Did you know that 1 in 4 of adults in the greater Washington region have high blood pressure? This is a major issue. When left untreated, high blood pressure can be a contributing factor to heart attack, stroke, and other health concerns.
High blood pressure or hypertension is when the force of blood flowing through your blood vessels is consistently too high. The normal range for an adult is less than 120/80. It is known as a “silent killer” as most of the time there are no obvious symptoms.
African Americans have a higher prevalence of high blood pressure than other racial and ethnic groups. It also can be more severe, and some medications are less effective in treating high blood pressure in African Americans. Thiazide-type diuretics (water pills) and/or calcium channel blockers are more effective in lowering blood pressure when given alone or as initial medicines in a multidrug regimen to African Americans.*
Certain physical traits and lifestyle choices can put you at a greater risk for high blood pressure. How can you prevent and manage high blood pressure? Start by making healthy lifestyle choices such as:
Moving More: The American Heart Association recommends adults get at least 2.5 hours of physical activity each week.
Eating Healthy: Making healthy food choices can help lower blood pressure. Eat fruits, veggies, whole grains, low fat dairy products, and low sodium food options.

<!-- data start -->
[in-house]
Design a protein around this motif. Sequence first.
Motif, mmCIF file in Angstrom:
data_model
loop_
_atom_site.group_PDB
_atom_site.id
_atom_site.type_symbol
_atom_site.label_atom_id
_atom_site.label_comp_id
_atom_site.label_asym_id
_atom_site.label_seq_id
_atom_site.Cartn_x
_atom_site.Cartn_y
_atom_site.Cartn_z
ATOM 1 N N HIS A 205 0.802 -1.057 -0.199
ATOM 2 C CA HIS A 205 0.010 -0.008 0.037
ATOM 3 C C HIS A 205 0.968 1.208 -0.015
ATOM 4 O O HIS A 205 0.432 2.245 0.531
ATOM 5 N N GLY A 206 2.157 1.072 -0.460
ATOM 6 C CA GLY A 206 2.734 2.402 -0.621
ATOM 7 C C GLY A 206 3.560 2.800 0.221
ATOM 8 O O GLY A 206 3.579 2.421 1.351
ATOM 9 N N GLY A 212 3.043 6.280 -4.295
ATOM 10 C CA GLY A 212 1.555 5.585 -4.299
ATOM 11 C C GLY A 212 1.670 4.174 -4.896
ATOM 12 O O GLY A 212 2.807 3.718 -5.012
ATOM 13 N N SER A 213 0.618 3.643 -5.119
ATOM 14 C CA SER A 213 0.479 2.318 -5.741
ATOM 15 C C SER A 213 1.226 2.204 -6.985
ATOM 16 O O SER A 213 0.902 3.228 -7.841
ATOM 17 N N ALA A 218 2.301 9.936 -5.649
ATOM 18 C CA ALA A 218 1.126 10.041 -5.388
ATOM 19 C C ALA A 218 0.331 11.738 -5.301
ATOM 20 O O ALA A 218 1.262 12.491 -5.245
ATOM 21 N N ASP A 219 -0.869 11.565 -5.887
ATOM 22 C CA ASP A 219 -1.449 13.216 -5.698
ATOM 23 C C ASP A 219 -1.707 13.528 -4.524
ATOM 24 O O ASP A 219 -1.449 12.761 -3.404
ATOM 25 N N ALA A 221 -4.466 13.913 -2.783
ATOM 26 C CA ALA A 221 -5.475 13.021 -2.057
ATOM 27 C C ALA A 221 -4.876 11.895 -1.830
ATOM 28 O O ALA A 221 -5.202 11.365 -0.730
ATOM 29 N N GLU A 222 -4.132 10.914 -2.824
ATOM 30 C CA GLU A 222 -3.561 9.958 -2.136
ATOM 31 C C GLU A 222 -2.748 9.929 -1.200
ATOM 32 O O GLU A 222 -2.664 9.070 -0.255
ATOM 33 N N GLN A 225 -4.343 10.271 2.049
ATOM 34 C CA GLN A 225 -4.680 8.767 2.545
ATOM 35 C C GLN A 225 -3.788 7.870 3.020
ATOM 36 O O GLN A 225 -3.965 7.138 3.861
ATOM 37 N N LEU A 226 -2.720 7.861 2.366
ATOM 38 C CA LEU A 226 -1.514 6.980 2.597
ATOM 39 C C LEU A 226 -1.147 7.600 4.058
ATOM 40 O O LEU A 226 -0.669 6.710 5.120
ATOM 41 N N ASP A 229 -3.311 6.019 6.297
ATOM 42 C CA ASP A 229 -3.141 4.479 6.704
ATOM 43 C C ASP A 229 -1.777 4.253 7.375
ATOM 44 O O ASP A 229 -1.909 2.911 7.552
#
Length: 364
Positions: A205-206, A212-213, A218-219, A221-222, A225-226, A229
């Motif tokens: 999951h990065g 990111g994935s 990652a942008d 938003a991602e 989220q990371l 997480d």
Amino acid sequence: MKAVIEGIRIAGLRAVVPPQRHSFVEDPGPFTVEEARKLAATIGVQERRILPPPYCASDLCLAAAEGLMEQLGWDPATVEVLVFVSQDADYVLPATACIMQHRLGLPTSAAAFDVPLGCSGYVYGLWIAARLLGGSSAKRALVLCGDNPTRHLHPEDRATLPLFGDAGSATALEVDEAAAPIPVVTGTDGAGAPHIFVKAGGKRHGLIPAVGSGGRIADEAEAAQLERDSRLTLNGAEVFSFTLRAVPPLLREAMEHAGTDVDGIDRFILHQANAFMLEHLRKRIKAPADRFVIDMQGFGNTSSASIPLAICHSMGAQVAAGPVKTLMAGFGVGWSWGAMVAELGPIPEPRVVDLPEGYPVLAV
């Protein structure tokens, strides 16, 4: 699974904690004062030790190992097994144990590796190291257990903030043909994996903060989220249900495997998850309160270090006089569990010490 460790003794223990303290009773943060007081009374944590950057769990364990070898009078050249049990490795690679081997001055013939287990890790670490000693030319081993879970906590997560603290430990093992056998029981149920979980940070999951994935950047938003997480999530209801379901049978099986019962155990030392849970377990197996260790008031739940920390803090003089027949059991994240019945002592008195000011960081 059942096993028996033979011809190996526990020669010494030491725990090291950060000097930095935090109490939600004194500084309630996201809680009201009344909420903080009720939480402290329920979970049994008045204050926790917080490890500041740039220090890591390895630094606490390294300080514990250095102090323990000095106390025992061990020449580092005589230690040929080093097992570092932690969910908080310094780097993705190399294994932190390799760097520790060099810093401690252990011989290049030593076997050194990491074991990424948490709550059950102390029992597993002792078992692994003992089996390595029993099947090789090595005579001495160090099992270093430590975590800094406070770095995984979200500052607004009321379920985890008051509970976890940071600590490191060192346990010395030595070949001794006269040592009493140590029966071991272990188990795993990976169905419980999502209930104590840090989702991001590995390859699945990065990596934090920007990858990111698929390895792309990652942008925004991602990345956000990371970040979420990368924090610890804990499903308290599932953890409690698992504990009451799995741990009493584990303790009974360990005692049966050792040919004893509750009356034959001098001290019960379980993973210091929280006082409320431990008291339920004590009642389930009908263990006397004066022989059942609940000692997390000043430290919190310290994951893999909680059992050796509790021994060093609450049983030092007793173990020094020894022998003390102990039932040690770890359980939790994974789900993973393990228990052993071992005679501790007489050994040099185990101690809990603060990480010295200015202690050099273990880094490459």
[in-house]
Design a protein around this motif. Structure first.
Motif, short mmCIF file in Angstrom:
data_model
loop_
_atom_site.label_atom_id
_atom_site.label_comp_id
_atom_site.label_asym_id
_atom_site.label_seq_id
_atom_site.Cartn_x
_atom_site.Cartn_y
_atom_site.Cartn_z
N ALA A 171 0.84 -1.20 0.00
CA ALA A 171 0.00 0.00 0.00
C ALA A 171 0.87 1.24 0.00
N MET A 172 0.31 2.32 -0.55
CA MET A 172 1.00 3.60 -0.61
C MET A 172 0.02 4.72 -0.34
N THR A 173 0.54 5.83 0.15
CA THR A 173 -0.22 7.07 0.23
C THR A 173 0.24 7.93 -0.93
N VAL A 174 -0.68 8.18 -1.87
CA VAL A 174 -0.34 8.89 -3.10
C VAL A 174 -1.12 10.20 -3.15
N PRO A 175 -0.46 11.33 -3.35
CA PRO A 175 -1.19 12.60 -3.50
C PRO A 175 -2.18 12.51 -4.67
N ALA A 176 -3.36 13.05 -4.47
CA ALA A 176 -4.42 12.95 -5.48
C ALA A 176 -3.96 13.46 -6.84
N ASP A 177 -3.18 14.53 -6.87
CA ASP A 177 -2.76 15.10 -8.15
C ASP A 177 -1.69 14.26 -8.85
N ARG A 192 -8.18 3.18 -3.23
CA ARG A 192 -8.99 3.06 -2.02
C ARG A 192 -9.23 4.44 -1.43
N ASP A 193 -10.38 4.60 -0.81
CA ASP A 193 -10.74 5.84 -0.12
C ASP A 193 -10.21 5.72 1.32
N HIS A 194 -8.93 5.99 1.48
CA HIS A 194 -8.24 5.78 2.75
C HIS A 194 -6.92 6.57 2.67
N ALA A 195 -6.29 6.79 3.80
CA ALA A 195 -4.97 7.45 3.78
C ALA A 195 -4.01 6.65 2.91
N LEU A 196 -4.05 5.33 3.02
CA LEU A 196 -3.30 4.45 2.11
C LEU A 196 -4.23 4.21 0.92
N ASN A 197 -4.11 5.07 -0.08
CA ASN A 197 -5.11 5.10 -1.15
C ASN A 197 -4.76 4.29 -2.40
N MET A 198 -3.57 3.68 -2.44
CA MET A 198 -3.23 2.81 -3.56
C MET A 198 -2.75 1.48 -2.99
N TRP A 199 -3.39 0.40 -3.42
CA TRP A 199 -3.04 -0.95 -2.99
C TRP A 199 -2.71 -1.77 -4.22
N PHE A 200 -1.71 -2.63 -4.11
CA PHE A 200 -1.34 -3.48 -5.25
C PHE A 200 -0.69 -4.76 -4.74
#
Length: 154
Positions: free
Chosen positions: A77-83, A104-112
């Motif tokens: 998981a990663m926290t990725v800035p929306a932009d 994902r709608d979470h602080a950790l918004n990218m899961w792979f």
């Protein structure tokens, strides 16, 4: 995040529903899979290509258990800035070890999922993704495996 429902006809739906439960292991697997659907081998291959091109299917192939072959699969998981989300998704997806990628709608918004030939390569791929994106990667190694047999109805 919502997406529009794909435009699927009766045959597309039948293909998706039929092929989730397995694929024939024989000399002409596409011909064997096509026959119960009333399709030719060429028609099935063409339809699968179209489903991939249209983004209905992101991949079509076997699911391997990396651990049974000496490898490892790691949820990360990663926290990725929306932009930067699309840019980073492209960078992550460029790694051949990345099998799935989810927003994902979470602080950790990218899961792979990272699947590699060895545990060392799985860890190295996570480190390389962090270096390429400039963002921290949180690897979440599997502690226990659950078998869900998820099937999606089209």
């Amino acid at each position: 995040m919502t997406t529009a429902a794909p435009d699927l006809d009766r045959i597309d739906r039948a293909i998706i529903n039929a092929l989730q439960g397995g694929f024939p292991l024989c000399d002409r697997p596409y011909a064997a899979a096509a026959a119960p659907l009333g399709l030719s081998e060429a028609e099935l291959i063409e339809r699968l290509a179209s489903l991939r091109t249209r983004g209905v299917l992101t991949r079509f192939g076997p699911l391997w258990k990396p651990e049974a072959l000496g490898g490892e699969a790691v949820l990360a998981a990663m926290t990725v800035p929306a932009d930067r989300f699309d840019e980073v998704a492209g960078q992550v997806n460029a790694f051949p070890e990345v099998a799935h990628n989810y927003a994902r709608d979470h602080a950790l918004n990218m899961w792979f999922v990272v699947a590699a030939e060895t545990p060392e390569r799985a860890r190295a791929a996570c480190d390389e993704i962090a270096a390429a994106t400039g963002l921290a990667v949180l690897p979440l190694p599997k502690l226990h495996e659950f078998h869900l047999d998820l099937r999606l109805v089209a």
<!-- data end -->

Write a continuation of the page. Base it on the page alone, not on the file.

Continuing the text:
Stopping Smoking: Using tobacco can cause your blood pressure to temporarily increase and can damage your arteries.
Limiting your alcohol intake: Limit your alcohol consumption to only one drink per day.
Starting to stress less: Find healthy ways like exercise or meditation to lower your stress level.
Losing weight: Maintain a normal body weight and BMI.
“It’s critical for everyone to know their blood pressure numbers. At the American Heart Association, we are working with community members and organizations to raise awareness of the dangers of high blood pressure to help the Greater Washington community live their longest, healthiest lives,” said Greater Washington Region American Heart Association’s Executive Director Soula Antoniou.
If you do have high blood pressure, work with your healthcare provider to determine the best treatment options. Depending on your risk and blood pressure levels, you may be prescribed medications along with healthy lifestyle changes. With proper treatment and management, you can control your blood pressure to live a long and healthy life.
The only way to know if your blood pressure is high is to check it regularly. The American Heart Association has a free online tool called the Check.Change.Control. program. This program tracks your blood pressure readings and connects you with a volunteer health mentor.
The American Heart Association is also working with healthcare partners such as Unity Health, DC Primary Care Association, and the Primary Care Coalition to help people get their blood pressure under control through education and programming including Target: BP. Target: BP supports physicians and care teams by offering access to the latest research, tools and resources to help their patients work on blood pressure. Last year, these partners reached 200,000 patients in the Greater Washington Region with Target: BP initiative.
Visit http://www.targetbp.org to learn more or www.heart.org/dc to get involved with the Greater Washington Region American Heart Association.
*Note: Specific source to the information regarding African Americans and Hypertension is from American Heart Association: https://www.heart.org/-/media/data-import/downloadables/pe-abh-what-about-african-americans-and-high-blood-pressure-ucm_300463.pdf?la=en&hash=95E93A0B6B484F665782A17CA1FFD148EDEEAFB7.